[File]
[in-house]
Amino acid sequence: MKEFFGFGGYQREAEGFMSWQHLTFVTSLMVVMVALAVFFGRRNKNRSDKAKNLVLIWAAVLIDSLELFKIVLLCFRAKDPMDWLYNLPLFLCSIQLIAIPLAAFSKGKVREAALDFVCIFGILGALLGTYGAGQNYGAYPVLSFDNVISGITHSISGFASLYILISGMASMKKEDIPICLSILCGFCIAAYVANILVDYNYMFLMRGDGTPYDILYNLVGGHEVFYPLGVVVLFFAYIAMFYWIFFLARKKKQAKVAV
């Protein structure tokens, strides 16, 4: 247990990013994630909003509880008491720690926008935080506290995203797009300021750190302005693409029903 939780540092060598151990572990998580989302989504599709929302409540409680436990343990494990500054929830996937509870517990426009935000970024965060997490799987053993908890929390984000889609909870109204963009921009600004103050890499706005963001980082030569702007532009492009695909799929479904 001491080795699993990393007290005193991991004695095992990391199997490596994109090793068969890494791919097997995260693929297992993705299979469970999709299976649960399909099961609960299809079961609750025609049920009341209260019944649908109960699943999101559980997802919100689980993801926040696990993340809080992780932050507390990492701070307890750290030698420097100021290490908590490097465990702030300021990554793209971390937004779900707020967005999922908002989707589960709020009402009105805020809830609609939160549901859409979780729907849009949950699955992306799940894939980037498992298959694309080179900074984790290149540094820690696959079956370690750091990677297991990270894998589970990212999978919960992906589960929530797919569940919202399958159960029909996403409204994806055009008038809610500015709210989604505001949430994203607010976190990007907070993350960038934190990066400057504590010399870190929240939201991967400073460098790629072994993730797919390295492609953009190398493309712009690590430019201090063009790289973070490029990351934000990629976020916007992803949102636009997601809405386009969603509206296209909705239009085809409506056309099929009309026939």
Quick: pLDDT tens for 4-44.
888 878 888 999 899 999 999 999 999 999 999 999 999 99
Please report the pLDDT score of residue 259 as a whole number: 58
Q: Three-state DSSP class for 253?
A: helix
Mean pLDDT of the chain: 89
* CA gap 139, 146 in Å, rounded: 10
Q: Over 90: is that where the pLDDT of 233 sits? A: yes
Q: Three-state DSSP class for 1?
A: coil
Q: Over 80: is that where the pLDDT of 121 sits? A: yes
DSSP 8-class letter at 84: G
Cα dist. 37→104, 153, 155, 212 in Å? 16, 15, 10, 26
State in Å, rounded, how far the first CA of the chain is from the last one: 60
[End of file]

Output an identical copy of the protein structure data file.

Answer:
[in-house]
Amino acid sequence: MKEFFGFGGYQREAEGFMSWQHLTFVTSLMVVMVALAVFFGRRNKNRSDKAKNLVLIWAAVLIDSLELFKIVLLCFRAKDPMDWLYNLPLFLCSIQLIAIPLAAFSKGKVREAALDFVCIFGILGALLGTYGAGQNYGAYPVLSFDNVISGITHSISGFASLYILISGMASMKKEDIPICLSILCGFCIAAYVANILVDYNYMFLMRGDGTPYDILYNLVGGHEVFYPLGVVVLFFAYIAMFYWIFFLARKKKQAKVAV
């Protein structure tokens, strides 16, 4: 247990990013994630909003509880008491720690926008935080506290995203797009300021750190302005693409029903 939780540092060598151990572990998580989302989504599709929302409540409680436990343990494990500054929830996937509870517990426009935000970024965060997490799987053993908890929390984000889609909870109204963009921009600004103050890499706005963001980082030569702007532009492009695909799929479904 001491080795699993990393007290005193991991004695095992990391199997490596994109090793068969890494791919097997995260693929297992993705299979469970999709299976649960399909099961609960299809079961609750025609049920009341209260019944649908109960699943999101559980997802919100689980993801926040696990993340809080992780932050507390990492701070307890750290030698420097100021290490908590490097465990702030300021990554793209971390937004779900707020967005999922908002989707589960709020009402009105805020809830609609939160549901859409979780729907849009949950699955992306799940894939980037498992298959694309080179900074984790290149540094820690696959079956370690750091990677297991990270894998589970990212999978919960992906589960929530797919569940919202399958159960029909996403409204994806055009008038809610500015709210989604505001949430994203607010976190990007907070993350960038934190990066400057504590010399870190929240939201991967400073460098790629072994993730797919390295492609953009190398493309712009690590430019201090063009790289973070490029990351934000990629976020916007992803949102636009997601809405386009969603509206296209909705239009085809409506056309099929009309026939």
Quick: pLDDT tens for 4-44.
888 878 888 999 899 999 999 999 999 999 999 999 999 99
Please report the pLDDT score of residue 259 as a whole number: 58
Q: Three-state DSSP class for 253?
A: helix
Mean pLDDT of the chain: 89
* CA gap 139, 146 in Å, rounded: 10
Q: Over 90: is that where the pLDDT of 233 sits? A: yes
Q: Three-state DSSP class for 1?
A: coil
Q: Over 80: is that where the pLDDT of 121 sits? A: yes
DSSP 8-class letter at 84: G
Cα dist. 37→104, 153, 155, 212 in Å? 16, 15, 10, 26
State in Å, rounded, how far the first CA of the chain is from the last one: 60